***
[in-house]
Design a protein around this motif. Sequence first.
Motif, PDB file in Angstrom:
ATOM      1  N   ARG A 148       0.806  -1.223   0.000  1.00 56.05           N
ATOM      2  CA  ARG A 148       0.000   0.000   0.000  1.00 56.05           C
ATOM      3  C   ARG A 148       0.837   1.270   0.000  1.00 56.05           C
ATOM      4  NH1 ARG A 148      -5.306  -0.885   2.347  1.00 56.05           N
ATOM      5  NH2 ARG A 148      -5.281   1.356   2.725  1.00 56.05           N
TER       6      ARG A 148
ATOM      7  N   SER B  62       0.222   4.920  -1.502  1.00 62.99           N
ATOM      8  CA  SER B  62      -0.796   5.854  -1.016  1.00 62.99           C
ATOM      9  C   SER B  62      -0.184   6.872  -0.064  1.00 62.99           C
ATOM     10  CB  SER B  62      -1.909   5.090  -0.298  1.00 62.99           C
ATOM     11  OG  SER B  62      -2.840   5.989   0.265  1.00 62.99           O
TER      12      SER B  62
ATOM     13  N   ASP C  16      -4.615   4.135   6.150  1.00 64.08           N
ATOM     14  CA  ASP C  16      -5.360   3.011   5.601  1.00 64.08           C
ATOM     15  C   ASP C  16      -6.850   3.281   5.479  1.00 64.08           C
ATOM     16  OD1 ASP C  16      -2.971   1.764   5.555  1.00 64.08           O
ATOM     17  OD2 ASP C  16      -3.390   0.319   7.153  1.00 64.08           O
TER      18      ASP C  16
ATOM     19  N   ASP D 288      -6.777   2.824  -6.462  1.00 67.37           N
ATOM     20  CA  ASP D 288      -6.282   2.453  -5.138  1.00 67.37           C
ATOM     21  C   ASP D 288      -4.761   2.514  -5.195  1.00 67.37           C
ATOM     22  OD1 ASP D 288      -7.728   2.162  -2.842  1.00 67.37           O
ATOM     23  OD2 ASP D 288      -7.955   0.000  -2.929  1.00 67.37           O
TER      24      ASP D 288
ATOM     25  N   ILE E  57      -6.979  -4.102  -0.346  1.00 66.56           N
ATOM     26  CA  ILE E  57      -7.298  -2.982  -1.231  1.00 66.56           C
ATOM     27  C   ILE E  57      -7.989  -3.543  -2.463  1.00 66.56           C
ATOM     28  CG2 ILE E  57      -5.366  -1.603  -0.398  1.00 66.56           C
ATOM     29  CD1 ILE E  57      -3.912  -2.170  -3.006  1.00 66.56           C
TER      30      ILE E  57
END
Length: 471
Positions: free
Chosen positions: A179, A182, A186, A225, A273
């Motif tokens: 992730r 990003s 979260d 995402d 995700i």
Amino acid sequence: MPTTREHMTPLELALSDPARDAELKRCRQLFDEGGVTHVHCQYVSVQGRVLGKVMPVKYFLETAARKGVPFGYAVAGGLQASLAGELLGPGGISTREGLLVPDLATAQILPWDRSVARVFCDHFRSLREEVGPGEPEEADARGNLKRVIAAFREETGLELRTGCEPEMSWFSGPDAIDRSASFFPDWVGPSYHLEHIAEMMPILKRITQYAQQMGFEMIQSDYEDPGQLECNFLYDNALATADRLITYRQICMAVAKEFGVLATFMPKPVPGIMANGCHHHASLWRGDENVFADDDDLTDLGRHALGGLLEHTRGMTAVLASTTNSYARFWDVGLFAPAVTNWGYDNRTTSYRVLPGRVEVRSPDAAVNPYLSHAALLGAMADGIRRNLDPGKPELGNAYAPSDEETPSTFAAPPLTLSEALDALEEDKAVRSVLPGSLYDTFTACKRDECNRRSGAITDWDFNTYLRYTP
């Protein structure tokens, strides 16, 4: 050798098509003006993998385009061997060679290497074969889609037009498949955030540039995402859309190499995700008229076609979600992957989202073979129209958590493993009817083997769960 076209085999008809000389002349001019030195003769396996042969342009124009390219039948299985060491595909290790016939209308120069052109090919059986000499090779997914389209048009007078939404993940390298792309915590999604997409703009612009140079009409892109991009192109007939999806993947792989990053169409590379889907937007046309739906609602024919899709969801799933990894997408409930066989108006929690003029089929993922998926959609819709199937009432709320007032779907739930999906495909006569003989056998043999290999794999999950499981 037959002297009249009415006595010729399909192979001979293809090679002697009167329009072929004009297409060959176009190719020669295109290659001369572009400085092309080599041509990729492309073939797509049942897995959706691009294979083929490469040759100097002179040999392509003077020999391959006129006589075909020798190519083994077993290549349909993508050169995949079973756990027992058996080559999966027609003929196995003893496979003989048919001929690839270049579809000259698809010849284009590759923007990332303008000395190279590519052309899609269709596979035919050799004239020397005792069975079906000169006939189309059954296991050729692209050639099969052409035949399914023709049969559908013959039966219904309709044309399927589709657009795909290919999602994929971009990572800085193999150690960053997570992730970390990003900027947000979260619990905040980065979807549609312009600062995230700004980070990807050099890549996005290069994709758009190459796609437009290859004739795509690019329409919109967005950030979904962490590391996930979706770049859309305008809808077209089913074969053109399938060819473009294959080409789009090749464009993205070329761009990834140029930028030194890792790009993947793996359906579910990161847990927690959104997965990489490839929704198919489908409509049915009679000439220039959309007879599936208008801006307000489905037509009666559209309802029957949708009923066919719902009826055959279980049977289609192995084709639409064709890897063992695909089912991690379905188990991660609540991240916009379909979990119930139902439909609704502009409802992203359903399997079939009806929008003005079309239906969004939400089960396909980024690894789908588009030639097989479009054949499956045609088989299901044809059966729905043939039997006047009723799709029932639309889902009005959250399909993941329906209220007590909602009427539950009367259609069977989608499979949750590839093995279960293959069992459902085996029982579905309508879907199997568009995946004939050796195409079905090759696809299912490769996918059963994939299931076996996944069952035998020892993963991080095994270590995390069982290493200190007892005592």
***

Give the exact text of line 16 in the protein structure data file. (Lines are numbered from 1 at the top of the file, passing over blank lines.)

ATOM     13  N   ASP C  16      -4.615   4.135   6.150  1.00 64.08           N